Who pays what in taxes is about wealth and whether it pays its fair share of taxes – leave aside the question of whether the distribution of income and wealth is equitable.
Here is the distribution of wealth in America as of 2007:
Here is the distribution tax payers in the US as of 2009:
First, there is a slight shift in time as the wealth numbers are from 2007 while the taxes paid are from 2009. The problem is that the government numbers on wealth as of the 2010 US Statistical Abstracts are only current to 2007. The trend to bring the wealth numbers to comparable 2009 figures would likely show even greater skewing towards the wealthy as witnessed by the huge bonus payments on Wall Street for 2009 while unemployment hovers at 10%. Second, rather than using Net Worth which is subject to very volatile asset and liability valuations, Financial Wealth acts as a better indicator of current income and actionable/spendable wealth. Finally, there is pending in the courts over 4000 cases of Swiss bank based tax dodging which may in the future add further light on who is shirking their tax obligations.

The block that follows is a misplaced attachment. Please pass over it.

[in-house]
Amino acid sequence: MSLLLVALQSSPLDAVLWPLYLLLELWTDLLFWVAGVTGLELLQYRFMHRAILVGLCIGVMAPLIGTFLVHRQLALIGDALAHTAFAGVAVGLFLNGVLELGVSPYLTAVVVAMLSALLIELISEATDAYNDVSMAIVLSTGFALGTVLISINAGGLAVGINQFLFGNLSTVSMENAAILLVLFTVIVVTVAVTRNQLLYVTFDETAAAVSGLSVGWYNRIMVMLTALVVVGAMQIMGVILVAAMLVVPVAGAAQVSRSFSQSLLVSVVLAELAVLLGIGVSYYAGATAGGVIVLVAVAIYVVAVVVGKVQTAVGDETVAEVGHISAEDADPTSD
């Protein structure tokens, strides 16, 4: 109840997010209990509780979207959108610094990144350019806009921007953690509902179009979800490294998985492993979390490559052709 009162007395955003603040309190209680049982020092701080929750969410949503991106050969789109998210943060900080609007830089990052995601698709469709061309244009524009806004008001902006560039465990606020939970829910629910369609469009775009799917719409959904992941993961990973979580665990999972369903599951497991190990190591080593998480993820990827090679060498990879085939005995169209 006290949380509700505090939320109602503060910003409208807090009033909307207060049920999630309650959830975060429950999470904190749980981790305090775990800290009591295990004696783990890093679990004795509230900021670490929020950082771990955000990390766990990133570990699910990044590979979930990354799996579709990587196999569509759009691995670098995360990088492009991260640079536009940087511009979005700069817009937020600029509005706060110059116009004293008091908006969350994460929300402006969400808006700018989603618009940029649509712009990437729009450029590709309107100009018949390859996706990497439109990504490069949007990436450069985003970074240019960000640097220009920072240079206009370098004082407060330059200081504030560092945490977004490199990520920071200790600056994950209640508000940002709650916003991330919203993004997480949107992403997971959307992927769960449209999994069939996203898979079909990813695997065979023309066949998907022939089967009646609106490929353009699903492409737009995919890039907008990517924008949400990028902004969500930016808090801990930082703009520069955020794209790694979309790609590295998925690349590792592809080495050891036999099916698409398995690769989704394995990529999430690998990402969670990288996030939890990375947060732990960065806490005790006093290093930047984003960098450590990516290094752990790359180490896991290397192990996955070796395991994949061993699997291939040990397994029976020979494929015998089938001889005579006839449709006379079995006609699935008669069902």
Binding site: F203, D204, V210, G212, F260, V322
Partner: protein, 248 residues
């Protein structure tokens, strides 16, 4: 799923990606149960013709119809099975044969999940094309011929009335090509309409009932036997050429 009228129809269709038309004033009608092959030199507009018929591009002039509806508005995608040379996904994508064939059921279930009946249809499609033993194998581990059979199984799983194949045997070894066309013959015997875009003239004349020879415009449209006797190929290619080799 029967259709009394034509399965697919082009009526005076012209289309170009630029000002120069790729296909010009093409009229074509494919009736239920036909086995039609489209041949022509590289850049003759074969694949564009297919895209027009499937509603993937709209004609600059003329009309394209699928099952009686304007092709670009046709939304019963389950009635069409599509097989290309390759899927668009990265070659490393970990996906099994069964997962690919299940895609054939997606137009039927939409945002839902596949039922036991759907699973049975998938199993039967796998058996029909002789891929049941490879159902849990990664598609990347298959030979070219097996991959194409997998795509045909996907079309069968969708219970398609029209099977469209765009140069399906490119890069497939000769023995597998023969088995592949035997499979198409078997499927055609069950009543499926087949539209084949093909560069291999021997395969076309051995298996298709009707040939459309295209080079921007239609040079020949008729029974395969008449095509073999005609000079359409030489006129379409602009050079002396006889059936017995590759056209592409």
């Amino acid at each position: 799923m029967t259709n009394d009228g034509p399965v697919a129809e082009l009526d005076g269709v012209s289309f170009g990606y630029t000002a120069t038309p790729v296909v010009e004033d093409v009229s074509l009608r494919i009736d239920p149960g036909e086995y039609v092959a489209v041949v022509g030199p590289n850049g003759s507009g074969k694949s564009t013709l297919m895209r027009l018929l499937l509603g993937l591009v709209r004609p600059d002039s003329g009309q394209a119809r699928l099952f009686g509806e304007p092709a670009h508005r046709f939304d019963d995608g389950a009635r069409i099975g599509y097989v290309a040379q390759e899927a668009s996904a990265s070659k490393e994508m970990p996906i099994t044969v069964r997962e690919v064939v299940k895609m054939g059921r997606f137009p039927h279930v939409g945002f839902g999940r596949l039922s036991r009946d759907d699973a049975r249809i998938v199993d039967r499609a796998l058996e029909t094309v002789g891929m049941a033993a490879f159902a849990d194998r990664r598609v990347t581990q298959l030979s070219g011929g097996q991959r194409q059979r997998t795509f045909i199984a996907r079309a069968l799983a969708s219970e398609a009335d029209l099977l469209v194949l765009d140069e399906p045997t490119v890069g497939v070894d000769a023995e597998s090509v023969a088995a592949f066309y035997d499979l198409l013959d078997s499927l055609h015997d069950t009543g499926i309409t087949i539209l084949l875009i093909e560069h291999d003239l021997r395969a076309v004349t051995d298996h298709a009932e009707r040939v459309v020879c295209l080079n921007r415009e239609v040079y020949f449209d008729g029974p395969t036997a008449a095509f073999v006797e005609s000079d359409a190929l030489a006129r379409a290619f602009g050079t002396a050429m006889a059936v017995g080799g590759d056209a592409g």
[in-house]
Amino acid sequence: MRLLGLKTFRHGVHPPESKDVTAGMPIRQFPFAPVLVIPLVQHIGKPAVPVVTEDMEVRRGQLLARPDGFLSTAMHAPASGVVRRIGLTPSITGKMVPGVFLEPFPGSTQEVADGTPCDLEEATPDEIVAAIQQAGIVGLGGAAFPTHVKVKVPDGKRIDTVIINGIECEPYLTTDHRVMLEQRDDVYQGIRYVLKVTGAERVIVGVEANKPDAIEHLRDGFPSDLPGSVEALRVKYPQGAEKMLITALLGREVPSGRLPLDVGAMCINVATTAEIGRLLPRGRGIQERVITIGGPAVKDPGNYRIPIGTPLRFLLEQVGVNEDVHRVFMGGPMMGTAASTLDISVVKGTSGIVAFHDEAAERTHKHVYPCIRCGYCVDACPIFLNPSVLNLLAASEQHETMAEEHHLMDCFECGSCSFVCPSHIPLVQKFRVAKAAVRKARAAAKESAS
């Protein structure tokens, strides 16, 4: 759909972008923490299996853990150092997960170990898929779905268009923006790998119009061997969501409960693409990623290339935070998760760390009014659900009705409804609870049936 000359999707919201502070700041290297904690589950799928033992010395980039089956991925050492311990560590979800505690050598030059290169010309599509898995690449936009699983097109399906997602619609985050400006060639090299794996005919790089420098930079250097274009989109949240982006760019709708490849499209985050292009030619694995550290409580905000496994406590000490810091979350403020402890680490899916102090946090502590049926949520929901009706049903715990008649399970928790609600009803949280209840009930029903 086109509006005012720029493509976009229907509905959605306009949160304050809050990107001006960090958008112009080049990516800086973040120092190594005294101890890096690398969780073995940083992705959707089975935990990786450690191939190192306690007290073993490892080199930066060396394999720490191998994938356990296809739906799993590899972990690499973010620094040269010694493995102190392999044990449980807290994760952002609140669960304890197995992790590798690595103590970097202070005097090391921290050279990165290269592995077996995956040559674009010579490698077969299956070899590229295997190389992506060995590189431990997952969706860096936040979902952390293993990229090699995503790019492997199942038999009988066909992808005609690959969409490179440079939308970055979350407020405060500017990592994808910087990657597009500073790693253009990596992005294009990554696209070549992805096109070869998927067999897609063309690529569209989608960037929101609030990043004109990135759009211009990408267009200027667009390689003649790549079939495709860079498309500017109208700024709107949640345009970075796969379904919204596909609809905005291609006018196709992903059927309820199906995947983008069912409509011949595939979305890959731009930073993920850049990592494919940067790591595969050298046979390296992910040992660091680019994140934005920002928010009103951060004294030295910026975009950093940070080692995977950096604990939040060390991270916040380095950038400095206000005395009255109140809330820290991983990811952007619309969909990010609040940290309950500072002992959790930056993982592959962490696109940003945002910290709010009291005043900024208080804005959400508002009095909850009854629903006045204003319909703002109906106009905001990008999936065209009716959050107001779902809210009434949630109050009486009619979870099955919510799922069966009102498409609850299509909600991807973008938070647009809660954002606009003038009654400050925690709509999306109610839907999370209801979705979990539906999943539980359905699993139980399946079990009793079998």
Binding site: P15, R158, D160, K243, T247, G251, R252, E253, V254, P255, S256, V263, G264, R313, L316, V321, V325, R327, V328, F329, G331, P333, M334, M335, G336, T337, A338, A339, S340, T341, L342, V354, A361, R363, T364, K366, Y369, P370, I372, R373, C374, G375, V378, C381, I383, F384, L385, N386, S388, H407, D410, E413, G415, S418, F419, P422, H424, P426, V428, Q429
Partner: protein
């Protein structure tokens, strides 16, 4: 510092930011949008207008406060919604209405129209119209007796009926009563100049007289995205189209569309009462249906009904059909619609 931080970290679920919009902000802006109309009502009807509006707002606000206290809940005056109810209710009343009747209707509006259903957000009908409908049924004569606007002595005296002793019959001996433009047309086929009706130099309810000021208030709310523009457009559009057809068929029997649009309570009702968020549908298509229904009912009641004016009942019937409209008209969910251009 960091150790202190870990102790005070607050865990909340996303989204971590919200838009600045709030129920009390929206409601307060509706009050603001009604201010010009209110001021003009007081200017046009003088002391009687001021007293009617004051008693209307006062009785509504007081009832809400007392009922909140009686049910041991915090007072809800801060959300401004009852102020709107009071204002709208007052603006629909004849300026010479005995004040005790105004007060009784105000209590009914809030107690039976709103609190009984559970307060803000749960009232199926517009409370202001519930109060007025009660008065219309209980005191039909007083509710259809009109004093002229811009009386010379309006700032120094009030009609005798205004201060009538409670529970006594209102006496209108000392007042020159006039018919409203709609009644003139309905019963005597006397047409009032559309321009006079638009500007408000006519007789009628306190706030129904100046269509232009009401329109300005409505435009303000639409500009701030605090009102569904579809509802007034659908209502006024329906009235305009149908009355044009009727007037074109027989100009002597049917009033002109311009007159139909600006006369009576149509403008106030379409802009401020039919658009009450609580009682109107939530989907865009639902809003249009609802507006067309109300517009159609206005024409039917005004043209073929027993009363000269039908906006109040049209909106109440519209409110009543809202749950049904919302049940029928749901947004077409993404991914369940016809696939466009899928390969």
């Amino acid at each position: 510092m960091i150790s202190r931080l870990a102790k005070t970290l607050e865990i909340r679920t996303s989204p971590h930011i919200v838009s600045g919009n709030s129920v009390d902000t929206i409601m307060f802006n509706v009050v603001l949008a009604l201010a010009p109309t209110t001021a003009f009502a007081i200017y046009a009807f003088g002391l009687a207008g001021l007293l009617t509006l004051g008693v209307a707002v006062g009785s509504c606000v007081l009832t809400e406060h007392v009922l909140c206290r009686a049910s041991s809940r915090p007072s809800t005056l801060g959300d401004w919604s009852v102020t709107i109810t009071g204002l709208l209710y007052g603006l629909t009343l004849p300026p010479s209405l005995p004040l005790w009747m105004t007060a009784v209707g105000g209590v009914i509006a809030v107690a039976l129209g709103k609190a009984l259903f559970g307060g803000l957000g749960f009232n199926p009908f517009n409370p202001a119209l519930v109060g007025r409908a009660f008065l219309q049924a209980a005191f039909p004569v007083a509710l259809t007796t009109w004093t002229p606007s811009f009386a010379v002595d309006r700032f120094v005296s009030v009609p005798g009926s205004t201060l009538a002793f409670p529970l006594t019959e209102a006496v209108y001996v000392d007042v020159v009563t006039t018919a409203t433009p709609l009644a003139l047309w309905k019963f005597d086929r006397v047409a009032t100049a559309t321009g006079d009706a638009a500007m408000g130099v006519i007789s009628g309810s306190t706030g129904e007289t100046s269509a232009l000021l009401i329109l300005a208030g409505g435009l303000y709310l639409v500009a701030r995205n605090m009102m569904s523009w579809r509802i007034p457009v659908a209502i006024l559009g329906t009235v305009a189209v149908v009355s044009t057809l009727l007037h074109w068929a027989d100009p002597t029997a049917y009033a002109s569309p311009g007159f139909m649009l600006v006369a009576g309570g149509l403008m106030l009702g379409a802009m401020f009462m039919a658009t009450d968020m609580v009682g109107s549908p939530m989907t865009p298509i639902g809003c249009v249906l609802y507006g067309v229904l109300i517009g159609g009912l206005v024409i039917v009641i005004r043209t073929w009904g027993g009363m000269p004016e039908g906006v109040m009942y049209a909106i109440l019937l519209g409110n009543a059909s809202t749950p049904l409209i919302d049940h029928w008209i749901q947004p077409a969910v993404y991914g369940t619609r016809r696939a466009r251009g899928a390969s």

Now what one would expect is that the percentage of taxes paid would be proportional to the financial wealth amassed because that wealth depends on government functions like education, infrastructure, health care, law enforcement, plus dozens of other enterprise standards and services which allows wealth to be attained and maintained. So if 5% of the US population has 69% percent of the financial wealth one would expect them to pay 69% of the taxes; but they actually pay only 61%. And the amount of tax evasion at the top is astounding:
In the 1950s the marginal tax rate on those earning more than $3 million a year (in today’s dollars) was 91 percent. By 1990 it was 28 percent. The IRS says that the top 400 richest tax filers actually paid a rate of just 16 percent in 2007 (the latest numbers we have). Yep, the richest earners — people who took in an average of $343 million each — probably paid a lower rate than you did. Something to consider as you sign your 2009 return.
In contrast the bottom 75% of wage earners pay 13% of all taxes but have less than 7% of all financial wealth. But as the tax chart shows, for 47% of the lowest earners, pay no income taxes at all [but they do not elude the tax man with various sales and excise tax payments incurred directly]. So who bears a disproportion tax burden – yep, the middle class. Tea Party-ers take note: those Bush tax cuts for the wealthy which have failed to trickle down into permanent jobs in these trying economic times – they might easily be done away with to restore some balance.